The Joy of Recoding a Website

June 15, 2010

I find it interesting how much enjoyment I get out of taking a site that is a W3C nightmare, filled with unnecessary javascript and misused tables, and converting it into cleaner more valid code.

Recoding a website is a great exercise and also a great way to learn. I have often found a new way of doing something or a neat jQuery implementation, which I probably would not be exposed to otherwise. Of course, the flip side to this is that recoding a site also exposes you to some of the completely unnecessary and crazy things done by web designers.

However, and this is where much of my enjoyment comes from, you don’t actually have to decipher the crazy Frontpage Table/Javascript implementation when recoding a website. Instead, you get to take advantage of the CSS box model and build it how it should have been done in the first place.

As an aside, I myself am not immune, of course, and there are certainly examples of code that I am not proud of and that doesn't make it to the portfolio. I feel that this is generally the exception though.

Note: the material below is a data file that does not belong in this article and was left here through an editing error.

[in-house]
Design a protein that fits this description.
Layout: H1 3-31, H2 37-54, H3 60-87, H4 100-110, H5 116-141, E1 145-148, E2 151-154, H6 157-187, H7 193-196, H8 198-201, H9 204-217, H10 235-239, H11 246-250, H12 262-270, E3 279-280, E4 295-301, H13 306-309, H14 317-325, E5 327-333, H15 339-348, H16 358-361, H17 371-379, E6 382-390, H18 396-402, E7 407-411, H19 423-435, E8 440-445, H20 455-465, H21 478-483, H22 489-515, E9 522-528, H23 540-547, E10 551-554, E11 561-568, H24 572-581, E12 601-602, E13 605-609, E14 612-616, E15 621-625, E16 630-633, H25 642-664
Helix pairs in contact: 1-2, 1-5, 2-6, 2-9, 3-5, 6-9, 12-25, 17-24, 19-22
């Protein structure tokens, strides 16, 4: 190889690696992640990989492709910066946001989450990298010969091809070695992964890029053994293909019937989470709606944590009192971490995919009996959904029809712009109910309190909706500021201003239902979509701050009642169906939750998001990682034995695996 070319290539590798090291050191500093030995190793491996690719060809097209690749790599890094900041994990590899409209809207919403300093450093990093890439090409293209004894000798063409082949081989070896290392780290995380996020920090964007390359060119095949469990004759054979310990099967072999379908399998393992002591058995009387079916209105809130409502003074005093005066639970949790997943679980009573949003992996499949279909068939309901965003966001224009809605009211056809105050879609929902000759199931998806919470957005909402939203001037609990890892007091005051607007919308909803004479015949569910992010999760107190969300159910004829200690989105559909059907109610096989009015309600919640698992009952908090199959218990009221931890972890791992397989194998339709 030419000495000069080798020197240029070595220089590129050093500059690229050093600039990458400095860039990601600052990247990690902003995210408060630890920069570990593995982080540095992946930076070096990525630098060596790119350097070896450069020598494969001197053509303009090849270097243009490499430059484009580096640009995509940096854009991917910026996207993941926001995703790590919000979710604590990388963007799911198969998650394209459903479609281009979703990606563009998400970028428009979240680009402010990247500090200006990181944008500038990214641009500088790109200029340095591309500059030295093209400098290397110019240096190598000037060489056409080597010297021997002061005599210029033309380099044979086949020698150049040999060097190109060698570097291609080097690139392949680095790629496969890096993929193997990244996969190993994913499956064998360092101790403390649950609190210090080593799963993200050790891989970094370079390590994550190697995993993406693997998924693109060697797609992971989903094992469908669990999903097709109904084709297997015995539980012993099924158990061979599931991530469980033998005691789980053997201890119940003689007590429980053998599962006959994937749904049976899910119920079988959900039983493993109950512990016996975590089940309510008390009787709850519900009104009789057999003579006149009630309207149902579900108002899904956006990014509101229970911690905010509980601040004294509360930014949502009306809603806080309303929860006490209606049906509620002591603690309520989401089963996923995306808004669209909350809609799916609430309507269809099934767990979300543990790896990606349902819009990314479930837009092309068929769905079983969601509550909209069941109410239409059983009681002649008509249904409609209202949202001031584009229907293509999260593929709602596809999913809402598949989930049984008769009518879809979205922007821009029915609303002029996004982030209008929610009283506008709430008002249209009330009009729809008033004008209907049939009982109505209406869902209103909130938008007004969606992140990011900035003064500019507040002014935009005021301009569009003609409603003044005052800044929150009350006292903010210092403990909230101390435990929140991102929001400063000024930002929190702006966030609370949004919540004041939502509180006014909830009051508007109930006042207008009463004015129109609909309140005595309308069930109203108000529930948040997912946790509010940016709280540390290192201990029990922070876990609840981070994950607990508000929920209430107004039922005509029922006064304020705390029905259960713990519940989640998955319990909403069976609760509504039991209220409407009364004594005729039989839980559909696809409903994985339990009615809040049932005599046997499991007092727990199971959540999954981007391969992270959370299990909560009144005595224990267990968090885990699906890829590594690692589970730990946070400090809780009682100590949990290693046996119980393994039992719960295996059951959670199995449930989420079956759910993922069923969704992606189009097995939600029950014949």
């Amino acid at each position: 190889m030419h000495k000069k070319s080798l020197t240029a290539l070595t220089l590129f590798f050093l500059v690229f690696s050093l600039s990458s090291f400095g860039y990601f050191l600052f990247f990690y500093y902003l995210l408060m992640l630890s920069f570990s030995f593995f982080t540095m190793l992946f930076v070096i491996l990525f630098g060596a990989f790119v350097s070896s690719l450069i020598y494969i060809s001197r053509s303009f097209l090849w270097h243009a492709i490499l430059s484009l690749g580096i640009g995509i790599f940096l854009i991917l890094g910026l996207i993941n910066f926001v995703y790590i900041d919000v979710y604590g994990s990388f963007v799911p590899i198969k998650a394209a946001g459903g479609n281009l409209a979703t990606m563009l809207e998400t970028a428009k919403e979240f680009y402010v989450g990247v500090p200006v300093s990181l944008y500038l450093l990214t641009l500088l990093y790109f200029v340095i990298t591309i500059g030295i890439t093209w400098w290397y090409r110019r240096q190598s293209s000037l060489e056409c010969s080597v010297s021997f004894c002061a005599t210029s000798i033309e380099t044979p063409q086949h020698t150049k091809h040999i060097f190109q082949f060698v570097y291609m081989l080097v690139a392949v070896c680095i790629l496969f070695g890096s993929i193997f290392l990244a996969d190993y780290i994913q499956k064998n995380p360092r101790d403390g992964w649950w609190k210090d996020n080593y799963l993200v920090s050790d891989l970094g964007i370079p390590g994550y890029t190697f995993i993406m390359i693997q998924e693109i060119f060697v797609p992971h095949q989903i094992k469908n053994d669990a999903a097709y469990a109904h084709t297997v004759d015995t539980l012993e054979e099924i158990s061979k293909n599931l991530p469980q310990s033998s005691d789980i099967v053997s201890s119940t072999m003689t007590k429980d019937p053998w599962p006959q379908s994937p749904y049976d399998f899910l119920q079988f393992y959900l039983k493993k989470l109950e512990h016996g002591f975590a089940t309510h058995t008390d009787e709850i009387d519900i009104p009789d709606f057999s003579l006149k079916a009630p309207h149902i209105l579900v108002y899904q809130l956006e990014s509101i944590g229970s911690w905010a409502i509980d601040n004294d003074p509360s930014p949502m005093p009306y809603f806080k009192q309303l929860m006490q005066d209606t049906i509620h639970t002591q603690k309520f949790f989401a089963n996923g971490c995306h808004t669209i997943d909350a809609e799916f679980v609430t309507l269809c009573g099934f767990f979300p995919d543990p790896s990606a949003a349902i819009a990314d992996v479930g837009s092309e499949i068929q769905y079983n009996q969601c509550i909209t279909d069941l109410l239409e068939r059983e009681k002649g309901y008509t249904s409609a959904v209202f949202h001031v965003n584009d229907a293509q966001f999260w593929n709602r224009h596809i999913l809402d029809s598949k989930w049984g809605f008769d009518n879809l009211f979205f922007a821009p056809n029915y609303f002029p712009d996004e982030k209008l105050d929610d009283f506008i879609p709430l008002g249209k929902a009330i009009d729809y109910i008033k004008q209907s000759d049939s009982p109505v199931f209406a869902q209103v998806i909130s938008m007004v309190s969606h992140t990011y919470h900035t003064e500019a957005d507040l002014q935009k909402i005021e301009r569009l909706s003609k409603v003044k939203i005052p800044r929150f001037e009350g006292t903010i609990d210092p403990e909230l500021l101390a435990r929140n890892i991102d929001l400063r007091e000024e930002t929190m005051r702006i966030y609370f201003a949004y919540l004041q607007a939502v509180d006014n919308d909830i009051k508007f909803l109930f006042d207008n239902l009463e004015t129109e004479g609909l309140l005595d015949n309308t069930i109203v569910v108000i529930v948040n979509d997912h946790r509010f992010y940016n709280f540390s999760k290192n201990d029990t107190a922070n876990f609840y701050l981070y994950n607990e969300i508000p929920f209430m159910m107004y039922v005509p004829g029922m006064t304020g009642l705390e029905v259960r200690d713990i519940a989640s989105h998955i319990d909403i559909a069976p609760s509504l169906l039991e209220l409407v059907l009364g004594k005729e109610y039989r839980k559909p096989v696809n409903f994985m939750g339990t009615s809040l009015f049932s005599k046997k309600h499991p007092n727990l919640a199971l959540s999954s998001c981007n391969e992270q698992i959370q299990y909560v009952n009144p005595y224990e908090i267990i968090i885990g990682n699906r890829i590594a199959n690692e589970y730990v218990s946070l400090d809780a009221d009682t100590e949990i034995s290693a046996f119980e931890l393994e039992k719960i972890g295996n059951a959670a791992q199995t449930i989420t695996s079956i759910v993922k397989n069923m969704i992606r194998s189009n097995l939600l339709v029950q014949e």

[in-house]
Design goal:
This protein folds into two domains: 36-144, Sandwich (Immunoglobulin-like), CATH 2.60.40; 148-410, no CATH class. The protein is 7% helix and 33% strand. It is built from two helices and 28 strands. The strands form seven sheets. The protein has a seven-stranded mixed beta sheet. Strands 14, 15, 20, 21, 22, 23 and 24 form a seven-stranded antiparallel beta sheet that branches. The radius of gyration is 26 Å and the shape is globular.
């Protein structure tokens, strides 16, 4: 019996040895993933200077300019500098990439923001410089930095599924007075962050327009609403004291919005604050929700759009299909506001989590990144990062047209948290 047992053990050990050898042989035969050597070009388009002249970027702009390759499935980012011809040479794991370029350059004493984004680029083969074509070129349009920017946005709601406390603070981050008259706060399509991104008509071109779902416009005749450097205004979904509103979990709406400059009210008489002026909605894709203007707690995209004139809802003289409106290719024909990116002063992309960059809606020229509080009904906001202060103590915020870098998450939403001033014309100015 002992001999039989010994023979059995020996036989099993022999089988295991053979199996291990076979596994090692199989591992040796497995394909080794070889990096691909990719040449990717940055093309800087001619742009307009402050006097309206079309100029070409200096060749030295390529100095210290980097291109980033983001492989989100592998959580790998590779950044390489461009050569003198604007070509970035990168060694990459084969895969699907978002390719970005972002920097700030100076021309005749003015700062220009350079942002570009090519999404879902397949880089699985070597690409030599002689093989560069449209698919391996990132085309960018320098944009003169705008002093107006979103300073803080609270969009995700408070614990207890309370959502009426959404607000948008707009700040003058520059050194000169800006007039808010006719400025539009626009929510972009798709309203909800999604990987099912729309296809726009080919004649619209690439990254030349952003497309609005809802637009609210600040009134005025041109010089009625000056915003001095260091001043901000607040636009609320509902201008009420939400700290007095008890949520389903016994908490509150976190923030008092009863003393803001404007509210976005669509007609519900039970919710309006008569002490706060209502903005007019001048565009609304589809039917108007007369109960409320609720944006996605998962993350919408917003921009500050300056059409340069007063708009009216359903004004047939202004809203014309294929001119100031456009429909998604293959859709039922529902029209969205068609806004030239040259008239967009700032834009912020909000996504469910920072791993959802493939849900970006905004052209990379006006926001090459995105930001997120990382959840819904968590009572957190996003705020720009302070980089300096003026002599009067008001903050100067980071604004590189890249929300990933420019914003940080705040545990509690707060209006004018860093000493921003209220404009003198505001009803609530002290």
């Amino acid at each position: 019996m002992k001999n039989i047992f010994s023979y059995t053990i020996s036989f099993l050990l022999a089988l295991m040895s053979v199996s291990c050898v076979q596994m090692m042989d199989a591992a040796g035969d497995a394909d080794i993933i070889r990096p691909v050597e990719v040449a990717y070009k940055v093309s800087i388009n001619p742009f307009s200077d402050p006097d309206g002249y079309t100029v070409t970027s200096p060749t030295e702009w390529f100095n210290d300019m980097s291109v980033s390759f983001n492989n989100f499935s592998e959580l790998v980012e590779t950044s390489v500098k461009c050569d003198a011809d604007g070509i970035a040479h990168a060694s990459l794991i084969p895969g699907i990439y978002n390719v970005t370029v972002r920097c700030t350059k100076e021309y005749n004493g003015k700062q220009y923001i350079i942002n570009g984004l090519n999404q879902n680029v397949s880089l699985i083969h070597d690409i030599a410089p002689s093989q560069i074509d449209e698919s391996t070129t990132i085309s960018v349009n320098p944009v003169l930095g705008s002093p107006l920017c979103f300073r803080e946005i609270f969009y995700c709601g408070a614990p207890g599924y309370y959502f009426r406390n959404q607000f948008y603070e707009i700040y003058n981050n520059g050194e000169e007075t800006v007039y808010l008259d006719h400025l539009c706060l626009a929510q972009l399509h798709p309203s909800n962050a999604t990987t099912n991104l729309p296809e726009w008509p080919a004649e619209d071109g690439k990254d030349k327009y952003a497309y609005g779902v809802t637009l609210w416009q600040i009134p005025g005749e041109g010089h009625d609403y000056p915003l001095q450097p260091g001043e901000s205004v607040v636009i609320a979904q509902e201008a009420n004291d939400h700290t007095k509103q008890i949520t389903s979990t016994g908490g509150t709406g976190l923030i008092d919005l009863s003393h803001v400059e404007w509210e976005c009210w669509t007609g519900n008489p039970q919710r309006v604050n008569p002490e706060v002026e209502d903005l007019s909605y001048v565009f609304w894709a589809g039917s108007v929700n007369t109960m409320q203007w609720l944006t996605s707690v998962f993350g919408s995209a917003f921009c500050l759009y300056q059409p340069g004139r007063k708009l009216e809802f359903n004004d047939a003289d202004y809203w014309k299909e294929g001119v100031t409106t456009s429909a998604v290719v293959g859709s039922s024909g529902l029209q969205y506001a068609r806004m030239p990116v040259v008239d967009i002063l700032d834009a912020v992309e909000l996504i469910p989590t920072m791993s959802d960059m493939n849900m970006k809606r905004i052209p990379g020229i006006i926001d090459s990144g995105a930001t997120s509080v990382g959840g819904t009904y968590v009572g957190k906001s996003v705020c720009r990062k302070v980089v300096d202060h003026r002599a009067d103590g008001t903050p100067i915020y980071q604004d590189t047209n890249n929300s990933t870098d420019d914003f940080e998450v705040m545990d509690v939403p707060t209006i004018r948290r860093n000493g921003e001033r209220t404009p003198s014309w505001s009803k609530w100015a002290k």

While recoding is very rewarding, it is often a largely unsung job. That is to say, from the clients perspective, the site is exactly the same. They aren’t going to be able to see or understand most of the changes, such as the 50% reduction in file size. Nor will they likely be able to appreciate the clever implementation of the design, share your amusement at how the other “webdesigner” implemented a:hover in javascript, the improvements to SEO, or how disabling javascript/flash no longer breaks the site.

This doesn’t bother me though or really reduce my enjoyment though, as I know and that makes a big difference.

With that said, recoding isn’t always an option, perhaps due to cost, complexity, or lack there of. However, I try to do it whenever warranted, especially when moving a new hosting client from their old host.


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